Governor Ralph Northam has been taking his lumps, especially from critics on this blog, for his performance in handling the COVID-19 pandemic.
He’s been described as inept, incompetent, unresponsive and, incredibly, as potentially dictatorial.
What is indeed curious is that while Northam was slow to get moving on virus issues, he has gotten rave reviews from the public, at least according to one poll.
More than three quarters of those contacted, 76%, approve of how Northam is handling the coronavirus crisis, according to a statewide poll conducted by the Center for Public Policy at the L. Douglas Wilder School of Government at Virginia Commonwealth University.
Of those, 40% have replied that they “strongly approve” of Northam’s performance. The approval ratings cross party lines, the poll reports, with the highest overall approval ratings being in Hampton Roads.
Regionally, Northam seems to score behind Larry Hogan, Maryland’s Republican governor, who has drawn national attention for his pro-active measures to combat the disease.
Hogan, Northam, D.C. Mayor Muriel Bowser, and North Carolina Gov. Roy Cooper have all been in daily contact regarding how to proceed in an organized way to deal with medical equipment shortages, COVID-19 hotspots and plans to restart economies.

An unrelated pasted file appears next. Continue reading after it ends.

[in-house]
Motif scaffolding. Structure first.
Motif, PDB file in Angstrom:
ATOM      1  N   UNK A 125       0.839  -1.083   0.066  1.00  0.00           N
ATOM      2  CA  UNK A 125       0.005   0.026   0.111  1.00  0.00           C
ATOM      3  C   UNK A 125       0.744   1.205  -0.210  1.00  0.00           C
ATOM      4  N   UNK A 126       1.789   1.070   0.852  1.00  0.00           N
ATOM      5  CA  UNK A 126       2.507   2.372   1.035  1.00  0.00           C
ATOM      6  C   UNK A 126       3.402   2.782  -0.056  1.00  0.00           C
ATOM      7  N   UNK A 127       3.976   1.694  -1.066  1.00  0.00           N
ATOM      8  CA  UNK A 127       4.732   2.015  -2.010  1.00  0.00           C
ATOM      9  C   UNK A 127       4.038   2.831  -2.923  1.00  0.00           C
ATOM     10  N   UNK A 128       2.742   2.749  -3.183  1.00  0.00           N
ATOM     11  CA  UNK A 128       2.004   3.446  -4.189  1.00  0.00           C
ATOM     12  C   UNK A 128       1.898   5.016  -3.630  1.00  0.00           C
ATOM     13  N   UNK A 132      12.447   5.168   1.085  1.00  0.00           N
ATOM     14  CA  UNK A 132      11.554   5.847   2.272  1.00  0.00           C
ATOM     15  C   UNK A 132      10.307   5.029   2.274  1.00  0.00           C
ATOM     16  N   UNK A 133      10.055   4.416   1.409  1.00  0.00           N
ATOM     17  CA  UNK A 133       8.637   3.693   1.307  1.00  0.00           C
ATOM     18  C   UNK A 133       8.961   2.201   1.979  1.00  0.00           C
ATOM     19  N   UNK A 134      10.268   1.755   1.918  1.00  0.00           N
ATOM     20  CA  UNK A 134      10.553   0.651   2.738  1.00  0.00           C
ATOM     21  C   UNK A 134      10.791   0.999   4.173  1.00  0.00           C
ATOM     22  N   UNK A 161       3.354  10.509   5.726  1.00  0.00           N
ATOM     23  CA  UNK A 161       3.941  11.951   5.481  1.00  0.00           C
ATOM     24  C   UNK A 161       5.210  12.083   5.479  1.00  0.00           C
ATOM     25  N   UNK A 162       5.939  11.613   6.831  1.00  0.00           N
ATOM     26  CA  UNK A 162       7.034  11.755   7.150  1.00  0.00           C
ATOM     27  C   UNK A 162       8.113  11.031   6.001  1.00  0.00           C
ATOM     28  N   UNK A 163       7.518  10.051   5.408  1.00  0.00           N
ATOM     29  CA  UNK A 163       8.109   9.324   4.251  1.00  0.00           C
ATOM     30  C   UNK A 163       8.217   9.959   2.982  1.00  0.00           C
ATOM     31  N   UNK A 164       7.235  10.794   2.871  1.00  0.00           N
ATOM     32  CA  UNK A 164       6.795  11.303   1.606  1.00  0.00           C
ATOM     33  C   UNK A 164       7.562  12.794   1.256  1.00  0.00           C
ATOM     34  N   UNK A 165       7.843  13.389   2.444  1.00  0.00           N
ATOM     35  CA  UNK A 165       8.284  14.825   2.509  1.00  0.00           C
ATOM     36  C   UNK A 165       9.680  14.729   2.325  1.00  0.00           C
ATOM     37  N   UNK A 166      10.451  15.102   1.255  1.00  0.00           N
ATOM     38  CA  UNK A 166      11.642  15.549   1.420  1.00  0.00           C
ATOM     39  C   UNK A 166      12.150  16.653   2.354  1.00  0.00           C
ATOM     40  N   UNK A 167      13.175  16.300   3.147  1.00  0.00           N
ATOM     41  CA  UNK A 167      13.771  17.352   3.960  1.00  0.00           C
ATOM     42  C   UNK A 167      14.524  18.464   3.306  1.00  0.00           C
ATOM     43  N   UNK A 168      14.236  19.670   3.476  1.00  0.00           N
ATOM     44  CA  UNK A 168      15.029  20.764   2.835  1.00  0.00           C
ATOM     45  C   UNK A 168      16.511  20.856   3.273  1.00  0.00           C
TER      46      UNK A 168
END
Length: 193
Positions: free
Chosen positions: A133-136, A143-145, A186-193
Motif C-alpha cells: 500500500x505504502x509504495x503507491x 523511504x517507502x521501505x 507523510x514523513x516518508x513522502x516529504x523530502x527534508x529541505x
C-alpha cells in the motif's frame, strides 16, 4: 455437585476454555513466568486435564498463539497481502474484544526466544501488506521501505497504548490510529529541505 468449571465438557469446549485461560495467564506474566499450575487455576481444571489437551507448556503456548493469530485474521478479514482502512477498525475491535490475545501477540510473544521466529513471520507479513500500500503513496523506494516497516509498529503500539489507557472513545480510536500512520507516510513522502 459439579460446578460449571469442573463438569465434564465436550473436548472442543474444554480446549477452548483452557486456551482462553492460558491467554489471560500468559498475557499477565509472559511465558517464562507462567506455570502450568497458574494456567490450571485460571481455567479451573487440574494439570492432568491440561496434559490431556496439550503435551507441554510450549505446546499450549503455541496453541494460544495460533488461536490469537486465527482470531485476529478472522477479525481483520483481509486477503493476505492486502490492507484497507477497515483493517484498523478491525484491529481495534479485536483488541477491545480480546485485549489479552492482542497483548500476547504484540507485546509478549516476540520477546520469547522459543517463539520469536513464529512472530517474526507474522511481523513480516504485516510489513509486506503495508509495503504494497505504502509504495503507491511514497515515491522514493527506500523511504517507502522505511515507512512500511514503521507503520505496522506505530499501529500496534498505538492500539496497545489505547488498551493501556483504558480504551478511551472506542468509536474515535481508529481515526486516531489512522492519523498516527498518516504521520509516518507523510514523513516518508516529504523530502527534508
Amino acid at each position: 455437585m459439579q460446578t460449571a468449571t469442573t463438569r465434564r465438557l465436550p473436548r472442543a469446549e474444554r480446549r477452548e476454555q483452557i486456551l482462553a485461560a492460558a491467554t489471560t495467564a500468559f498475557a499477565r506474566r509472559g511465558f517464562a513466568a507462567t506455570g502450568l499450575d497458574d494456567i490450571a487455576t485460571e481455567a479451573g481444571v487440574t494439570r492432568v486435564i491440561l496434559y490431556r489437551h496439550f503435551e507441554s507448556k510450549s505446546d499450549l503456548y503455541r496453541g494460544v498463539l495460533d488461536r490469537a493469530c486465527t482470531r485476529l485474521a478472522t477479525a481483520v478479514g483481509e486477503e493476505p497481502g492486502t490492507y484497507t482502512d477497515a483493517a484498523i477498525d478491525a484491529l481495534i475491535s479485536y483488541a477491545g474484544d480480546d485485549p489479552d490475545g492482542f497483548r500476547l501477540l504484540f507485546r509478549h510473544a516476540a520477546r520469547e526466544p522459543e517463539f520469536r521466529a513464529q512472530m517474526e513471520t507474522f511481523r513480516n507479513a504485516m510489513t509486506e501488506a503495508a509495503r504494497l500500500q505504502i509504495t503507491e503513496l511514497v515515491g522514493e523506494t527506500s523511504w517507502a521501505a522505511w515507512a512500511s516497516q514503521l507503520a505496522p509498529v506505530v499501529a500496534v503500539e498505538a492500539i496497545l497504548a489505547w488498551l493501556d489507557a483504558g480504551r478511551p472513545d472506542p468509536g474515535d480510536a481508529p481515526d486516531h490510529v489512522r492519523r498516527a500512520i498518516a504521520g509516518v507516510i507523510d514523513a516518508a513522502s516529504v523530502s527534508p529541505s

Although not as tightly organized, the group mirrors to some extent the pact of seven Northeastern states led by New York Gov. Andrew Cuomo to do the same.
A similar effort is being coordinated on the West Coast by Calf. Gov. Gavin Newsom, Oregon Gov. Kate Brown and Washington state Gov. Jay Inslee.
One reason for the regional pacts is the absence of leadership by President Donald Trump. As Bacon’s Rebellion bloggers and commenters complain that Northam’s social-distancing rules are a fascist attempt to close beaches, Trump is actually making real sounds about dictatorship.
This week, he proclaimed that when it comes to reopening the economy his authority is “total.” He backed off when shouted down by various governors. Then he came up with the juvenile statement: “Tell those Democratic governors that ‘Mutiny on the Bounty’ was one of my favorite movies.” (Note that he mentions the movie, not the novel.)
The point here is that is the right, if not the duty, to oversee Northam and criticize him when needed. It is not to keep raising refutable claims of incompetence or authoritarianism.
One regrettable blog posting on B.R. this week was not just silly but irresponsible. The author complained that Northam was crossing civil liberties by advocating social-distancing, which has been repeatedly regarded by experts as a successful way to combat COVID-19.
I don’t see Northam as trampling on anything. If there is a gas leak at a chemical plant, the police have every right to cordon it off for public safety.
What does cross the line in a big way is having police turn away cars with out-of-state plates at state borders as Rhode Island and Texas have done. Virginia has done nothing of the sort, but I am sure that eventually some will falsely claim that Northam has.There are currently no comments highlighted.